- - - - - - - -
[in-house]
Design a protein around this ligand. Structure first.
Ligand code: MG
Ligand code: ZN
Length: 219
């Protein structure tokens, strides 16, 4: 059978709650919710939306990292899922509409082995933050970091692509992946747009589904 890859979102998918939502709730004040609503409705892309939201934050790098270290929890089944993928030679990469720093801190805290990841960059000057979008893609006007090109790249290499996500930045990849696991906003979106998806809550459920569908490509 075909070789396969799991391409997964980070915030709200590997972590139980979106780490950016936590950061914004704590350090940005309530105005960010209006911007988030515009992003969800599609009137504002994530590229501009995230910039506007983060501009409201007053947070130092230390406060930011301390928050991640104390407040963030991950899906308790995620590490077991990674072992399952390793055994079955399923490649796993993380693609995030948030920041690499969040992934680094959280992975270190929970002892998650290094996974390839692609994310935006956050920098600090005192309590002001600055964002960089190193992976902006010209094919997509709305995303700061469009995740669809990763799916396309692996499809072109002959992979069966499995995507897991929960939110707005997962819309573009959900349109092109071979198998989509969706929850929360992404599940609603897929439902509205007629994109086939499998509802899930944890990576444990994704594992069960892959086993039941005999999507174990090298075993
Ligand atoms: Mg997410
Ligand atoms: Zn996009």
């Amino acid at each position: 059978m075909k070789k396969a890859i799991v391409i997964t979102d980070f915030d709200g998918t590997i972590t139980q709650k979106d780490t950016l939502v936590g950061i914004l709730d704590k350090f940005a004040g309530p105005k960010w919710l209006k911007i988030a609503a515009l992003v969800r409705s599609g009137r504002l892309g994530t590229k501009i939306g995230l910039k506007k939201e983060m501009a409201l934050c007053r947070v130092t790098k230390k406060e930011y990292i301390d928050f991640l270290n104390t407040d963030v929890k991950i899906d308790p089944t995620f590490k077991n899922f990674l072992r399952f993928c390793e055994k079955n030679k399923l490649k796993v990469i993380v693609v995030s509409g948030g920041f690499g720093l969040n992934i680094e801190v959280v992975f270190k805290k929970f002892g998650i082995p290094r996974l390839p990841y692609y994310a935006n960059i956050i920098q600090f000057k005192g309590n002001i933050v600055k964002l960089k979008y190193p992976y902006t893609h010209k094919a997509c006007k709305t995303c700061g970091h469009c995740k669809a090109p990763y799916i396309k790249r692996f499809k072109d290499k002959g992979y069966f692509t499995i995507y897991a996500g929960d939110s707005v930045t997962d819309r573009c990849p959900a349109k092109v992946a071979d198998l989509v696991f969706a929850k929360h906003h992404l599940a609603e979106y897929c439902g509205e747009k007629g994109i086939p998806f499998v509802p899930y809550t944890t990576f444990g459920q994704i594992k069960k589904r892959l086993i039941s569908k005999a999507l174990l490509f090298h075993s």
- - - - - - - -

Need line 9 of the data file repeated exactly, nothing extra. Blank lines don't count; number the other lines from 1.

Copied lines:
């Amino acid at each position: 059978m075909k070789k396969a890859i799991v391409i997964t979102d980070f915030d709200g998918t590997i972590t139980q709650k979106d780490t950016l939502v936590g950061i914004l709730d704590k350090f940005a004040g309530p105005k960010w919710l209006k911007i988030a609503a515009l992003v969800r409705s599609g009137r504002l892309g994530t590229k501009i939306g995230l910039k506007k939201e983060m501009a409201l934050c007053r947070v130092t790098k230390k406060e930011y990292i301390d928050f991640l270290n104390t407040d963030v929890k991950i899906d308790p089944t995620f590490k077991n899922f990674l072992r399952f993928c390793e055994k079955n030679k399923l490649k796993v990469i993380v693609v995030s509409g948030g920041f690499g720093l969040n992934i680094e801190v959280v992975f270190k805290k929970f002892g998650i082995p290094r996974l390839p990841y692609y994310a935006n960059i956050i920098q600090f000057k005192g309590n002001i933050v600055k964002l960089k979008y190193p992976y902006t893609h010209k094919a997509c006007k709305t995303c700061g970091h469009c995740k669809a090109p990763y799916i396309k790249r692996f499809k072109d290499k002959g992979y069966f692509t499995i995507y897991a996500g929960d939110s707005v930045t997962d819309r573009c990849p959900a349109k092109v992946a071979d198998l989509v696991f969706a929850k929360h906003h992404l599940a609603e979106y897929c439902g509205e747009k007629g994109i086939p998806f499998v509802p899930y809550t944890t990576f444990g459920q994704i594992k069960k589904r892959l086993i039941s569908k005999a999507l174990l490509f090298h075993s």